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Understanding field sobriety tests and the impact on a DUI charge

Field sobriety tests are used by police officers to help determine if a person is under the influence of alcohol.

While not always the case, the use of a breathalyzer test typically comes after one or more field sobriety test.

The Standardized Field Sobriety Test (SFST) is endorsed by the National Highway Traffic and Safety Administration (NHTSA) and consists of the following:

  • Walk and turn. You are required to take nine full steps, heel to toe, along a straight line. Upon reaching the end of the line, you’re prompted to turn on one foot and do the same in the other direction.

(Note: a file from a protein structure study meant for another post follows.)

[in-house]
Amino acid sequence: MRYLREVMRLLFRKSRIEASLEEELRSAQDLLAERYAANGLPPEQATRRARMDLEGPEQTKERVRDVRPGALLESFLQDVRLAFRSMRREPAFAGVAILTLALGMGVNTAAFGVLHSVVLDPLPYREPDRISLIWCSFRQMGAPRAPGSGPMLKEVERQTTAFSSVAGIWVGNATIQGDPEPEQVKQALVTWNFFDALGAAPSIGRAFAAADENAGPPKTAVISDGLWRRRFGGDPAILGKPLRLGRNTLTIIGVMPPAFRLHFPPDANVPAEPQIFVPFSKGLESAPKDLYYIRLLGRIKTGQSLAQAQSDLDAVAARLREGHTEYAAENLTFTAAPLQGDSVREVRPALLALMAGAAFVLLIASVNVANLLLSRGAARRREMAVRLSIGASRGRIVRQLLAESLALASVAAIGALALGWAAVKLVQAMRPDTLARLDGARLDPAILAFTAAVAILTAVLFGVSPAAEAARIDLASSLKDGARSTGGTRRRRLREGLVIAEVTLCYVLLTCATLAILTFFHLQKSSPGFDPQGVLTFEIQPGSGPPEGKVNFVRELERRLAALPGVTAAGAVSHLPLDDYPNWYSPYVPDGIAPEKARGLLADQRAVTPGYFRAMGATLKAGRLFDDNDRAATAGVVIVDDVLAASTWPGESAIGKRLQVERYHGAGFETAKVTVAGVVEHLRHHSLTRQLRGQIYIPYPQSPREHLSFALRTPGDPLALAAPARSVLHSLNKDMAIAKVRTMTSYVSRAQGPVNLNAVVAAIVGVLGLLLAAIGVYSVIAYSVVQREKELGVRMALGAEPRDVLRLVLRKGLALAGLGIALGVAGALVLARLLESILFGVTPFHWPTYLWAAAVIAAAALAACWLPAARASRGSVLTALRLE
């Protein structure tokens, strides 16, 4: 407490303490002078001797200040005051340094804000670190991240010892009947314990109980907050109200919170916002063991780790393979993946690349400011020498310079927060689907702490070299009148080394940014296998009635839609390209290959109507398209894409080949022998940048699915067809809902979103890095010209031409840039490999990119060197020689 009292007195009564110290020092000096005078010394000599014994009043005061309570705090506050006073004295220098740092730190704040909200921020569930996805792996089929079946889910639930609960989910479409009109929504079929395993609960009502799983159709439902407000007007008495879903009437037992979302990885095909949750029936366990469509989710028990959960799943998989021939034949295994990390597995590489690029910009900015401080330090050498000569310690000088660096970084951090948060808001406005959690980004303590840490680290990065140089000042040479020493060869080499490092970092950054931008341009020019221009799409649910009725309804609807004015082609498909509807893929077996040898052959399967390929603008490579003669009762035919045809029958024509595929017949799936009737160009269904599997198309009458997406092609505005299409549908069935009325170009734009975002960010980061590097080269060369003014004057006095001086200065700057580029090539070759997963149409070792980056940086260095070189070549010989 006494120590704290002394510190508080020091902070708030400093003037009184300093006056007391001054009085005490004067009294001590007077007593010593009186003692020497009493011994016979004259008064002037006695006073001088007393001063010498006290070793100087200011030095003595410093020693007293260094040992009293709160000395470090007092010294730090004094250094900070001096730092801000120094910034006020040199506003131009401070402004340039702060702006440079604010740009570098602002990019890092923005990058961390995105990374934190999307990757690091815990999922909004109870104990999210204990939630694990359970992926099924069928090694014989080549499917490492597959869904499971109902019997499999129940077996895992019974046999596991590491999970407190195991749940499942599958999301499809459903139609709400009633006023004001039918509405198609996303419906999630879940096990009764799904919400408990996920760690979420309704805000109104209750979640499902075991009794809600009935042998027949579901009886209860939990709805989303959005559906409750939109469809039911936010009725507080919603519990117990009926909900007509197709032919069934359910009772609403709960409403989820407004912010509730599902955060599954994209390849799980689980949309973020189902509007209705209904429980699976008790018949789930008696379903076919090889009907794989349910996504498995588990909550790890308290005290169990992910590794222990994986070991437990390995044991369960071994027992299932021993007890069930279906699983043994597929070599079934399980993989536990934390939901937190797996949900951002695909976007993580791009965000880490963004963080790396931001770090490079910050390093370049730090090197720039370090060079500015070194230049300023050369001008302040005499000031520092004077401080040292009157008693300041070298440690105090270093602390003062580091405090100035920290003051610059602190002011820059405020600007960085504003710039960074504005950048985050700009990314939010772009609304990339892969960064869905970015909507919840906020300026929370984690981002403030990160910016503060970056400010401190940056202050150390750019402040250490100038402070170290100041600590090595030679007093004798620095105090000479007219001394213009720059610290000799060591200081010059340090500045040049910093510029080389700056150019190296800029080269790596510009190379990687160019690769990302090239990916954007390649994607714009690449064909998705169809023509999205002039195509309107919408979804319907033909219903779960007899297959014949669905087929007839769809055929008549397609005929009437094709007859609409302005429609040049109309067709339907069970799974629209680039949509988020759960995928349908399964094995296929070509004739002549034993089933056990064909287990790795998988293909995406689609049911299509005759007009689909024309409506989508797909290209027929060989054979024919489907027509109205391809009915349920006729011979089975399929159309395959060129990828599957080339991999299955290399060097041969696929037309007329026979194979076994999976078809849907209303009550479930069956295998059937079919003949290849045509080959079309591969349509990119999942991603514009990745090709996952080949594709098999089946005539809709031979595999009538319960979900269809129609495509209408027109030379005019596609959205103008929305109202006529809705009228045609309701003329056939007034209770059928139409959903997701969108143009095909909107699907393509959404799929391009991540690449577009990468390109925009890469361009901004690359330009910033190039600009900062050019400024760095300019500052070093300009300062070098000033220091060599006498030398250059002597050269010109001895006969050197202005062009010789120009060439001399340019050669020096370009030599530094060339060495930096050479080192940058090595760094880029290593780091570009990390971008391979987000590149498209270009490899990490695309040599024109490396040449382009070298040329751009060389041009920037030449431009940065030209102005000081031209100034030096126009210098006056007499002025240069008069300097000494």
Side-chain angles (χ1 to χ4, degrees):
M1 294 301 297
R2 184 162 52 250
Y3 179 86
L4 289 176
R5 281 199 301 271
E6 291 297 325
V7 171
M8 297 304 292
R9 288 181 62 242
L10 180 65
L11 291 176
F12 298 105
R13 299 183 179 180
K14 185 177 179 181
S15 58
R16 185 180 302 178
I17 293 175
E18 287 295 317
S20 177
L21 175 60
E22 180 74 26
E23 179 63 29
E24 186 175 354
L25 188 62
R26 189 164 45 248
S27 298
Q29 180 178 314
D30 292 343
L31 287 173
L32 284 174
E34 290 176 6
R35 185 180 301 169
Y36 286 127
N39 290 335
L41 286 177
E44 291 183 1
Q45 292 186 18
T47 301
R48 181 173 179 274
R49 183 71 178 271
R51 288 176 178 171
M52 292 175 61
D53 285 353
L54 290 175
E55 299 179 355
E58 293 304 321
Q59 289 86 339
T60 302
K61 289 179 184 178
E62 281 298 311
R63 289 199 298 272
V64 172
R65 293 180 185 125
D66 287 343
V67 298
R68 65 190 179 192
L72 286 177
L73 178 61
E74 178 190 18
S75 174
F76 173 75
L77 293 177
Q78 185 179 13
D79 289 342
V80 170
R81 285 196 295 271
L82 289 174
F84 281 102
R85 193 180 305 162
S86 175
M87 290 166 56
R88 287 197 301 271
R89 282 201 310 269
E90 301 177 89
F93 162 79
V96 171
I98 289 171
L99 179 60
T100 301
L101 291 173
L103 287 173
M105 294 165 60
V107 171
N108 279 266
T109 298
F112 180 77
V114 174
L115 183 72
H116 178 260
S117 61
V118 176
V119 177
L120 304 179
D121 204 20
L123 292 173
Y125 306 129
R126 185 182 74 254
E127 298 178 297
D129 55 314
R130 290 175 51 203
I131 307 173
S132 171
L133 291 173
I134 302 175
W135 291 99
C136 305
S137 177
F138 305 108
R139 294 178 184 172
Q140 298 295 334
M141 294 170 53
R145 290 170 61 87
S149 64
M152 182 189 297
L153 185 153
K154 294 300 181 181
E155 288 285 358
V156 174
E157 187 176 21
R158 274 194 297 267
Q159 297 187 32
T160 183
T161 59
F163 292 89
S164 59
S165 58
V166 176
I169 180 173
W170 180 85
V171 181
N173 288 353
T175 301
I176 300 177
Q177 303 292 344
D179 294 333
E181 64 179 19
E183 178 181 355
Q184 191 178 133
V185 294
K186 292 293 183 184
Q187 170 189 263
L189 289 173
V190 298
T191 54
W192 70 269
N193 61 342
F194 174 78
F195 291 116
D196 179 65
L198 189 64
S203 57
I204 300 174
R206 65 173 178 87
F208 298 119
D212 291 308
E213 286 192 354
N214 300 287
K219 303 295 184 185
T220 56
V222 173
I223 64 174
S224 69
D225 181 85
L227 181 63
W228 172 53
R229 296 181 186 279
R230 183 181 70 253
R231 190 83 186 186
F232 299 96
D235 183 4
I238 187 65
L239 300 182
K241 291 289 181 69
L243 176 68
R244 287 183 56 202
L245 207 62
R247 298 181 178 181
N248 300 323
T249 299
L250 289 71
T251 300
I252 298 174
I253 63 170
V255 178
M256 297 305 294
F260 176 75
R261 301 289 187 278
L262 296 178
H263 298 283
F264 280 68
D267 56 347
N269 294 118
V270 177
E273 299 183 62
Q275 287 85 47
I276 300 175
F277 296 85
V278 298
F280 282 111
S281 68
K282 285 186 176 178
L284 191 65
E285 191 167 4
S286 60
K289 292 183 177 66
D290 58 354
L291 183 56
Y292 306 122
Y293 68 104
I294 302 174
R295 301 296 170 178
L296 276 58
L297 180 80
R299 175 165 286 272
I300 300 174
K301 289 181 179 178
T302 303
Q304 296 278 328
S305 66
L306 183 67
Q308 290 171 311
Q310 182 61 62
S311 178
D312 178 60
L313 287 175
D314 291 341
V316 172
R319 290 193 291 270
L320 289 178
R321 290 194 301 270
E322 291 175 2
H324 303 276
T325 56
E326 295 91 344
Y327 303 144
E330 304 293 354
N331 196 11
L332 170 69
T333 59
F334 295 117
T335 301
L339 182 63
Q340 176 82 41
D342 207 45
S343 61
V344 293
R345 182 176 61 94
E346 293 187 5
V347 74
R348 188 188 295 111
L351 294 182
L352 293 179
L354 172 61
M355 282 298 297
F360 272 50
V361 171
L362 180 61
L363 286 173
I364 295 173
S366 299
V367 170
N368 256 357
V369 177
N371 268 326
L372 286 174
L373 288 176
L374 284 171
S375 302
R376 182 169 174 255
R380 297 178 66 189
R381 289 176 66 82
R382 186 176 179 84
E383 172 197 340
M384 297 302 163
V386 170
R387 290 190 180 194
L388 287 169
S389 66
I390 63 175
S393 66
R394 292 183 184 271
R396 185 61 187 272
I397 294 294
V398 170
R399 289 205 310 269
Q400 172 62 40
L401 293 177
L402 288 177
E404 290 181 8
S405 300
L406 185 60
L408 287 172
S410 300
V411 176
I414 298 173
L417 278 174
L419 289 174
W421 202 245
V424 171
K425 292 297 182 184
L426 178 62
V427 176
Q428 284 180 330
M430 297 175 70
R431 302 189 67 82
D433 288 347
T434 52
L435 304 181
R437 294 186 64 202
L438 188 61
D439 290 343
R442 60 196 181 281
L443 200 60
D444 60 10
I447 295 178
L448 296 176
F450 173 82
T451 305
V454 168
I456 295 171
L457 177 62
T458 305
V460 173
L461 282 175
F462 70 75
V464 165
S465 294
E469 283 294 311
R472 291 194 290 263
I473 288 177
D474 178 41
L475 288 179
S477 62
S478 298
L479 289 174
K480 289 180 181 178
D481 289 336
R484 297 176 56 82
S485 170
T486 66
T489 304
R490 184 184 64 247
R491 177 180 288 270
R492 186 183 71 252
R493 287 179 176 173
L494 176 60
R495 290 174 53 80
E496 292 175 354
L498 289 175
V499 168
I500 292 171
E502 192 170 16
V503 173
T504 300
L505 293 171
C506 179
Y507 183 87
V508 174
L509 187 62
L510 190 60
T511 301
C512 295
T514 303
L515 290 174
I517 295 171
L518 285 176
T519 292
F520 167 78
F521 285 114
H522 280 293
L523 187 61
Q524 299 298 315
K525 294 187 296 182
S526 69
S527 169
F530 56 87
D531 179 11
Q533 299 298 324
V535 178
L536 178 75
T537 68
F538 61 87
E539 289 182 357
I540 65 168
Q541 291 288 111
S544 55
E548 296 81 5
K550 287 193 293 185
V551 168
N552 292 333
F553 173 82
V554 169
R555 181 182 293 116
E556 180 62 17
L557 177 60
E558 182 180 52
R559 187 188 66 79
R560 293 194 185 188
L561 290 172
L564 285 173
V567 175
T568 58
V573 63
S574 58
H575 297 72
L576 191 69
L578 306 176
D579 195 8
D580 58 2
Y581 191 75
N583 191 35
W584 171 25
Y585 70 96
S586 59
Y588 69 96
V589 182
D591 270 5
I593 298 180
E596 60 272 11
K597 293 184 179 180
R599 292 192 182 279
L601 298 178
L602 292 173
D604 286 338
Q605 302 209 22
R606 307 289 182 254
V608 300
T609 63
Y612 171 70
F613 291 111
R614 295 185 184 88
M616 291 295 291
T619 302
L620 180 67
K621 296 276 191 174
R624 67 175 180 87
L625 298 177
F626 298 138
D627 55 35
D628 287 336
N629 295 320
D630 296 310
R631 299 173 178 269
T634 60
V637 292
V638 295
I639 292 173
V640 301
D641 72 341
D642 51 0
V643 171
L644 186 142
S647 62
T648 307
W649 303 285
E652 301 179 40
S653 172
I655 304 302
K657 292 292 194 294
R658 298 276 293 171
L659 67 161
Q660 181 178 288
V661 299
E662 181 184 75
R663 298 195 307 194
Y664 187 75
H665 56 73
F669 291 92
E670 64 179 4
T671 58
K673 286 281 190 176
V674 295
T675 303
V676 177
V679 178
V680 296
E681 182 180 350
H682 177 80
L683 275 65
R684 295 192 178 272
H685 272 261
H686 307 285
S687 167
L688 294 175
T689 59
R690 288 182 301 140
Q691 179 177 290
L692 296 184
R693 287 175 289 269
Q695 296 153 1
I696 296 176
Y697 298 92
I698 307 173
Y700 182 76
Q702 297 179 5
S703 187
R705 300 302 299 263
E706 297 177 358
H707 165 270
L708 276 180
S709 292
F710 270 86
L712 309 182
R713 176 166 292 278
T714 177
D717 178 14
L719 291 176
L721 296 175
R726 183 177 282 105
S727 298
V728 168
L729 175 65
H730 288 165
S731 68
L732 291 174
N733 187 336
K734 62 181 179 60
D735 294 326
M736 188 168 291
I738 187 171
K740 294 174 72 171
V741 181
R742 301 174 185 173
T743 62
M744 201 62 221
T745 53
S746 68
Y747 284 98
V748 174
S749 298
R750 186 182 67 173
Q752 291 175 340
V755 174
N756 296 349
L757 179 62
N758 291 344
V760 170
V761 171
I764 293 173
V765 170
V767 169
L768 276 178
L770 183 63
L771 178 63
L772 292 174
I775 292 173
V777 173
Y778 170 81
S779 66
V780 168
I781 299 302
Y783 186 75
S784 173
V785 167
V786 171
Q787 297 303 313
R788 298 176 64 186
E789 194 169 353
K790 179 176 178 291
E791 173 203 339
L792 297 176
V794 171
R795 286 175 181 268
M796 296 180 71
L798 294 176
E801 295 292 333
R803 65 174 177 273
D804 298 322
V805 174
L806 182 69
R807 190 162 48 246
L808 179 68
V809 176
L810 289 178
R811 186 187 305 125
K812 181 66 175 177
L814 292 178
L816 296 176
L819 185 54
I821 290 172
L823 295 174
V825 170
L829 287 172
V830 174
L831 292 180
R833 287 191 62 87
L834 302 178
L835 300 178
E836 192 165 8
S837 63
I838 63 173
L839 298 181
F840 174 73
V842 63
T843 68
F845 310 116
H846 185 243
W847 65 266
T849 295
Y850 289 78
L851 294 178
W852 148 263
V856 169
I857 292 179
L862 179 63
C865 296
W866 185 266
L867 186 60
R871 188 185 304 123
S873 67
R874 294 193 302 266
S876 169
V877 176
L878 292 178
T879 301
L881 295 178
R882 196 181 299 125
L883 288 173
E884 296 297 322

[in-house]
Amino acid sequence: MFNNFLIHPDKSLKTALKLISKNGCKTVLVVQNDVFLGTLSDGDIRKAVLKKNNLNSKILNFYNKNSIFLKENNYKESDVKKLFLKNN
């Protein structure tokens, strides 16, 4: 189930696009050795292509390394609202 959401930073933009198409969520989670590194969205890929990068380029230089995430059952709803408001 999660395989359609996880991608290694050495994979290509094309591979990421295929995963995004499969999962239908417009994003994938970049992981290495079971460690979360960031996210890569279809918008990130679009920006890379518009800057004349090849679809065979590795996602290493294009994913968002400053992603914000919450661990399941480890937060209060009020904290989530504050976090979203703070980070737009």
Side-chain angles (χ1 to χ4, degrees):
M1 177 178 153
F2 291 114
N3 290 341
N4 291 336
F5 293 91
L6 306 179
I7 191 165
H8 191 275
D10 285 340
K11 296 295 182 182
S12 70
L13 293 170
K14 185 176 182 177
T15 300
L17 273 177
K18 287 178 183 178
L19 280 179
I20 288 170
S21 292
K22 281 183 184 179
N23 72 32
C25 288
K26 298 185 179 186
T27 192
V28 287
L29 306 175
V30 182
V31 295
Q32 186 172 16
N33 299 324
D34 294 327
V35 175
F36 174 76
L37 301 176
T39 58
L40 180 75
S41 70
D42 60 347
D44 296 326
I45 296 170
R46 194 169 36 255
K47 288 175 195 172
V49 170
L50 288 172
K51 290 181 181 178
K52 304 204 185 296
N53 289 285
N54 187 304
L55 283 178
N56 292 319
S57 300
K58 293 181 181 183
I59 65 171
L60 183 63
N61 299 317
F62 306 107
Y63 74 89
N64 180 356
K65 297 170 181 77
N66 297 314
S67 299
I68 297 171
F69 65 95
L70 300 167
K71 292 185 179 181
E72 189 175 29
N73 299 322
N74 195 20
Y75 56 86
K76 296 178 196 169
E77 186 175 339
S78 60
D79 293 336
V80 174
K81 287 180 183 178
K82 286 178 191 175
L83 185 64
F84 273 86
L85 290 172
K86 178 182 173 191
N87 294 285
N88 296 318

• Horizontal gaze nystagmus. This is known as the involuntary jerking that occurs when the eye moves from side to side. However, when someone is under the influence of alcohol, the jerking motion is much more pronounced.
  • One leg stand. This is when you are asked to stand on one foot, with the other approximately six inches off the ground, for a period of 30 seconds. The use of arms, hopping, and the other foot may indicate alcohol impairment.

Although it’s believed that the Standardized Field Sobriety Test is accurate in determining if a person is under the influence of alcohol, this is not always the case.

For example, it’s possible that you have a medical condition that makes it difficult to complete the one leg stand.

If you were arrested and charged with driving under the influence of alcohol, learn more about your legal rights and the defense strategies you can use to help avoid a conviction.

Source: FindLaw, “Field Sobriety Tests,” accessed June 08, 2018

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Louis Emmi

Louis Emmi